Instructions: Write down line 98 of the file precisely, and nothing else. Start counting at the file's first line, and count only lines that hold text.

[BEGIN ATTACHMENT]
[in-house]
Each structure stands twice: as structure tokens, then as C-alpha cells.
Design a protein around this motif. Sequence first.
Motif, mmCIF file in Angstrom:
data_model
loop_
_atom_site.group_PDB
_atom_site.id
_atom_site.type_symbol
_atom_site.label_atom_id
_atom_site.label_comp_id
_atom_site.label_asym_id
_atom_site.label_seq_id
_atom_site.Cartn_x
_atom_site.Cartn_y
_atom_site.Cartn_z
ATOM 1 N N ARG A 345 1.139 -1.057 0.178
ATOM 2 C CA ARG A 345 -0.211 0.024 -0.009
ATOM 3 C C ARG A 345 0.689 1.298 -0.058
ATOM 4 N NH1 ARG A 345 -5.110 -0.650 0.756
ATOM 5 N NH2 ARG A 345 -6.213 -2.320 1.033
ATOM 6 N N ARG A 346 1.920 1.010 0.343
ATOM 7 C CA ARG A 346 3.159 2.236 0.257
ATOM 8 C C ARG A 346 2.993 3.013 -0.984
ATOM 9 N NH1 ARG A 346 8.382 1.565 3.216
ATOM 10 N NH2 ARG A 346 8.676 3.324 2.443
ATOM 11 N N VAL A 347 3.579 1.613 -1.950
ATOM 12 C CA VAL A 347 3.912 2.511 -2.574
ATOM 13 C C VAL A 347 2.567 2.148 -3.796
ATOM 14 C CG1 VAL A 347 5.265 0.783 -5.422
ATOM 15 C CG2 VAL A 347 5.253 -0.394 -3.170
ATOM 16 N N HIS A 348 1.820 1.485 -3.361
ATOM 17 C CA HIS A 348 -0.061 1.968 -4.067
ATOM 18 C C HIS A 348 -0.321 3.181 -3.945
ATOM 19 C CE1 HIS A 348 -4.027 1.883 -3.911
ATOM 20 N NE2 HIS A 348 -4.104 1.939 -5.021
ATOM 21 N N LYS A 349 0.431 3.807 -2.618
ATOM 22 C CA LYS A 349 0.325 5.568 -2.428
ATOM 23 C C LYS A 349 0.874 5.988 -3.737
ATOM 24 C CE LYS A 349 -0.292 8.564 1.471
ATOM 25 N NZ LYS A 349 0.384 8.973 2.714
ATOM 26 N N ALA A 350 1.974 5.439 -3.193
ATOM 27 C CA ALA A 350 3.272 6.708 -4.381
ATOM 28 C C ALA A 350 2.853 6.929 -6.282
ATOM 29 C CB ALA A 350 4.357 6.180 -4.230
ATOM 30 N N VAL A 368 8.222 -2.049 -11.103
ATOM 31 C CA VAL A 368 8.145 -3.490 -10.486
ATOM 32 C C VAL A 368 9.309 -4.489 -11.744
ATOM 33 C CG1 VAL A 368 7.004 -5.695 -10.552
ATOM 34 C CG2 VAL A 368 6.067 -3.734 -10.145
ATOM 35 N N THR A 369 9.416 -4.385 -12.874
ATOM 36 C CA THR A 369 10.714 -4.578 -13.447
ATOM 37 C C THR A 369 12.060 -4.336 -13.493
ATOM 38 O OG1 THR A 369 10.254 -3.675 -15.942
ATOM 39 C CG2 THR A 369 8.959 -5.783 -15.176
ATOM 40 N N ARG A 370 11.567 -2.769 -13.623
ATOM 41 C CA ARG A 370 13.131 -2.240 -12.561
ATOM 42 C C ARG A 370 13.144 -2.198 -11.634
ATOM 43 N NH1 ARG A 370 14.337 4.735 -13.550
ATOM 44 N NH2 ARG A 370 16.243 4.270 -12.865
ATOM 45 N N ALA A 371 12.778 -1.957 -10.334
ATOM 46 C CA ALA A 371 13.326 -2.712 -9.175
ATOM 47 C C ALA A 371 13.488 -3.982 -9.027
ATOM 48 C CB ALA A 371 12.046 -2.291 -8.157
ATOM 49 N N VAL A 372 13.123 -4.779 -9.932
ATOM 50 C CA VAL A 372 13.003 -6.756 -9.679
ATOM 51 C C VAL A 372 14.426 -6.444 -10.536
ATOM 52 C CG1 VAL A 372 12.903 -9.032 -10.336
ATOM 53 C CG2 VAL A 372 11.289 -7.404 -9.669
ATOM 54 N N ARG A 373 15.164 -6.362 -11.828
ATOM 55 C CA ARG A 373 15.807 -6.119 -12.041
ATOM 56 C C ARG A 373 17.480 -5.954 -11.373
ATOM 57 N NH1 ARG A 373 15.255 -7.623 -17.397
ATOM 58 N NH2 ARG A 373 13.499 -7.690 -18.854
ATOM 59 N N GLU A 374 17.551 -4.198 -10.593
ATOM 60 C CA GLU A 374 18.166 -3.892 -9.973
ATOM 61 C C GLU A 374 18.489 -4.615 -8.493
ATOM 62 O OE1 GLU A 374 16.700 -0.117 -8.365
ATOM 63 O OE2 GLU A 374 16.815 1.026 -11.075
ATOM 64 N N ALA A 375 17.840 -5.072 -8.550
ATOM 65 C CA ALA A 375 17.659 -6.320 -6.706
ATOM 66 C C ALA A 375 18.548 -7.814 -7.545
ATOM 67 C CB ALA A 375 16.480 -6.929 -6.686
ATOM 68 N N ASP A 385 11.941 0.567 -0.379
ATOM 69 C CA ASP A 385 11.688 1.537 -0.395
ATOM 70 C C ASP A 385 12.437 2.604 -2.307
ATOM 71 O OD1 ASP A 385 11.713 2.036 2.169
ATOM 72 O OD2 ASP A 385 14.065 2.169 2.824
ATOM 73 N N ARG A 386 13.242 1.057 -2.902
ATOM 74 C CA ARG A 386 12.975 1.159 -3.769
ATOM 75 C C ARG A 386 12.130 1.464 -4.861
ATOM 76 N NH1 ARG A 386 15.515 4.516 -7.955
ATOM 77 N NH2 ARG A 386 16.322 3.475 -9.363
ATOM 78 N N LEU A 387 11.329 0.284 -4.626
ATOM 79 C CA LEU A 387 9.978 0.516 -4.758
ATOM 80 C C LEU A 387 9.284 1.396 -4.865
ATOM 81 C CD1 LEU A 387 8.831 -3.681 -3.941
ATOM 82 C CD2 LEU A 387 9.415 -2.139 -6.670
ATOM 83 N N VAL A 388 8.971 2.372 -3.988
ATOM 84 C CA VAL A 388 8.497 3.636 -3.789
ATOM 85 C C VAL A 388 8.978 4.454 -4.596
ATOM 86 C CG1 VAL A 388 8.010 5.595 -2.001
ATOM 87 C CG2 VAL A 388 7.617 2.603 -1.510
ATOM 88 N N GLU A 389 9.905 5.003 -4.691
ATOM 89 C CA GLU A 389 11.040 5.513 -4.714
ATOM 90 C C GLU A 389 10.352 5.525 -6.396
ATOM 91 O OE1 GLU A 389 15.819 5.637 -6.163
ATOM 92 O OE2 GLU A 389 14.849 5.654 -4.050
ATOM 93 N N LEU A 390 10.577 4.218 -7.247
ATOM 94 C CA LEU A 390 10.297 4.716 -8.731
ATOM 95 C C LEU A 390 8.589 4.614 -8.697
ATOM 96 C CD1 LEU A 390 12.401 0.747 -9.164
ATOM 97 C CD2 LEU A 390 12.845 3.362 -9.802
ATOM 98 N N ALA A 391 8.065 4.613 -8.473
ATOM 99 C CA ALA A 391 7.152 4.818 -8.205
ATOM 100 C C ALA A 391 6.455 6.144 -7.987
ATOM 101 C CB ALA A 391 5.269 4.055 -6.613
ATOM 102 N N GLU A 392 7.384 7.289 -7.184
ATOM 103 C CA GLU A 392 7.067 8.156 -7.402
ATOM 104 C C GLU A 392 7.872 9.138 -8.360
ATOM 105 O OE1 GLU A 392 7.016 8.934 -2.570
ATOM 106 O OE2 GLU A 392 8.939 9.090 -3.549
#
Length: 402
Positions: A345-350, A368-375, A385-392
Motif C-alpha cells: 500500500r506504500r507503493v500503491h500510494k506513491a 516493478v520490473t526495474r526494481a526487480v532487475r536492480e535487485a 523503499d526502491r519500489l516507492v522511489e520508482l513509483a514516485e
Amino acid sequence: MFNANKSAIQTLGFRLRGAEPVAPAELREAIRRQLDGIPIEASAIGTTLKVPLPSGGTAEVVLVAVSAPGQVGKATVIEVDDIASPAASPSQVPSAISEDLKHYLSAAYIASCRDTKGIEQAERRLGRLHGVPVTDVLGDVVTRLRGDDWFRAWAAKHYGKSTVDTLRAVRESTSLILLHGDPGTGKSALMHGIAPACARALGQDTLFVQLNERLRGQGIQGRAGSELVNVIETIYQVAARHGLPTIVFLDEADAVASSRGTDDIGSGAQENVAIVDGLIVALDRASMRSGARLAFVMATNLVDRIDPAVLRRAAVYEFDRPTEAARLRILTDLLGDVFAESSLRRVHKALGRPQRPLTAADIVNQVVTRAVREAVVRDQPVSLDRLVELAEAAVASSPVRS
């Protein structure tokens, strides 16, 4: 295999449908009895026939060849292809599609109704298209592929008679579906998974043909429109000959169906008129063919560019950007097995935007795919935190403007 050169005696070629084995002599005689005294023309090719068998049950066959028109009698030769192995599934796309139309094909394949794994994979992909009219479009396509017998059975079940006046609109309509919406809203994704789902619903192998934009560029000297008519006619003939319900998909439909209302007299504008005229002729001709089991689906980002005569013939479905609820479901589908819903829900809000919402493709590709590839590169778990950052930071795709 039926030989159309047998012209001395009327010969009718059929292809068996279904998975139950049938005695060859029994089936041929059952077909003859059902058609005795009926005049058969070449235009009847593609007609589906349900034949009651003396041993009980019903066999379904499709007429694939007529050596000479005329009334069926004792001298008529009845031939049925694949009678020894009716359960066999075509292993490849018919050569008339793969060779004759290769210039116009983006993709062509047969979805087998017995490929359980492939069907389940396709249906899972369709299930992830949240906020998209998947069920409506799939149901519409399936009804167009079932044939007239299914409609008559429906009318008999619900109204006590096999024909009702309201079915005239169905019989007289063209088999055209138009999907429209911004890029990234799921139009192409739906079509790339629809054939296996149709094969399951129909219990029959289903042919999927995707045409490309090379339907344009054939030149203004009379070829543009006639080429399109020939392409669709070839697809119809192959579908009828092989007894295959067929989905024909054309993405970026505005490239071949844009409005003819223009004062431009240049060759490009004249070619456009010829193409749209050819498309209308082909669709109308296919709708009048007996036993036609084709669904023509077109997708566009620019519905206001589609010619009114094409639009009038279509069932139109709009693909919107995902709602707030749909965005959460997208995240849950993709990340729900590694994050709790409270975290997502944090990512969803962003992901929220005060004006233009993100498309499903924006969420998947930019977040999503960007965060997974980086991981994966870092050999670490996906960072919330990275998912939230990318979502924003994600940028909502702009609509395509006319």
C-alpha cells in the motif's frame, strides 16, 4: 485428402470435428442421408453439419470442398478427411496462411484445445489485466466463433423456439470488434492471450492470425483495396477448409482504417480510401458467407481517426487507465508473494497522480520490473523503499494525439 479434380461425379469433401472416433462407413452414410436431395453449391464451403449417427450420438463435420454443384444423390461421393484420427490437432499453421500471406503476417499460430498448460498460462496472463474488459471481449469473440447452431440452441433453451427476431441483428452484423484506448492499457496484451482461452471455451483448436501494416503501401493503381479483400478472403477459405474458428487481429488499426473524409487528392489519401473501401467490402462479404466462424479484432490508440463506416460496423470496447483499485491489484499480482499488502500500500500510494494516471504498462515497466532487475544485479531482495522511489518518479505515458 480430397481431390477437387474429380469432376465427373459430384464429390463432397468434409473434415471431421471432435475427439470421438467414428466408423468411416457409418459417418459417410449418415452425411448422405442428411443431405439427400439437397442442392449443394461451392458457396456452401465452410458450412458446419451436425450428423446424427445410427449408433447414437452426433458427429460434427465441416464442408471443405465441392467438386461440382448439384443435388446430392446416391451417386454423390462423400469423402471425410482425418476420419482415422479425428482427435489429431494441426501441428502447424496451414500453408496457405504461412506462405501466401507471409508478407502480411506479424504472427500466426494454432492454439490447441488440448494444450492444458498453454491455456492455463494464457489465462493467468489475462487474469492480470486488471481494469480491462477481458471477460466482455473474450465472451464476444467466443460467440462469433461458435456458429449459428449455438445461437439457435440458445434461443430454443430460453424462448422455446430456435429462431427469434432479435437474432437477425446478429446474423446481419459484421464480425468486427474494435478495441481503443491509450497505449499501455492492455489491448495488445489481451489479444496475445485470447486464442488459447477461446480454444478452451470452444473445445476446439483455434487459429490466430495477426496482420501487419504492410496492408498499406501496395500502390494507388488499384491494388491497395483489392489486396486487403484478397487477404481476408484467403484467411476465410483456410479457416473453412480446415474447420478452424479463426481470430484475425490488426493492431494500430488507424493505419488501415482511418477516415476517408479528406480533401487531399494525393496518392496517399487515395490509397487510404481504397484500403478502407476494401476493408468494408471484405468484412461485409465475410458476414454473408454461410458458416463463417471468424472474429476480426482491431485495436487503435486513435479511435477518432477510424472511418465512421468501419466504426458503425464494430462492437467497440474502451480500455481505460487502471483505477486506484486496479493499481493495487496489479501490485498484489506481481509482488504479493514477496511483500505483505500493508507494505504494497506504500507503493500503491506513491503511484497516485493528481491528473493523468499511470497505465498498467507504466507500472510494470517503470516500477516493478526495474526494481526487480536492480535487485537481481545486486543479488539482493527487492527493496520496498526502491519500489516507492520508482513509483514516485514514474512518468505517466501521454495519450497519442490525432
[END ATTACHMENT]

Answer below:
ATOM 82 C CD2 LEU A 387 9.415 -2.139 -6.670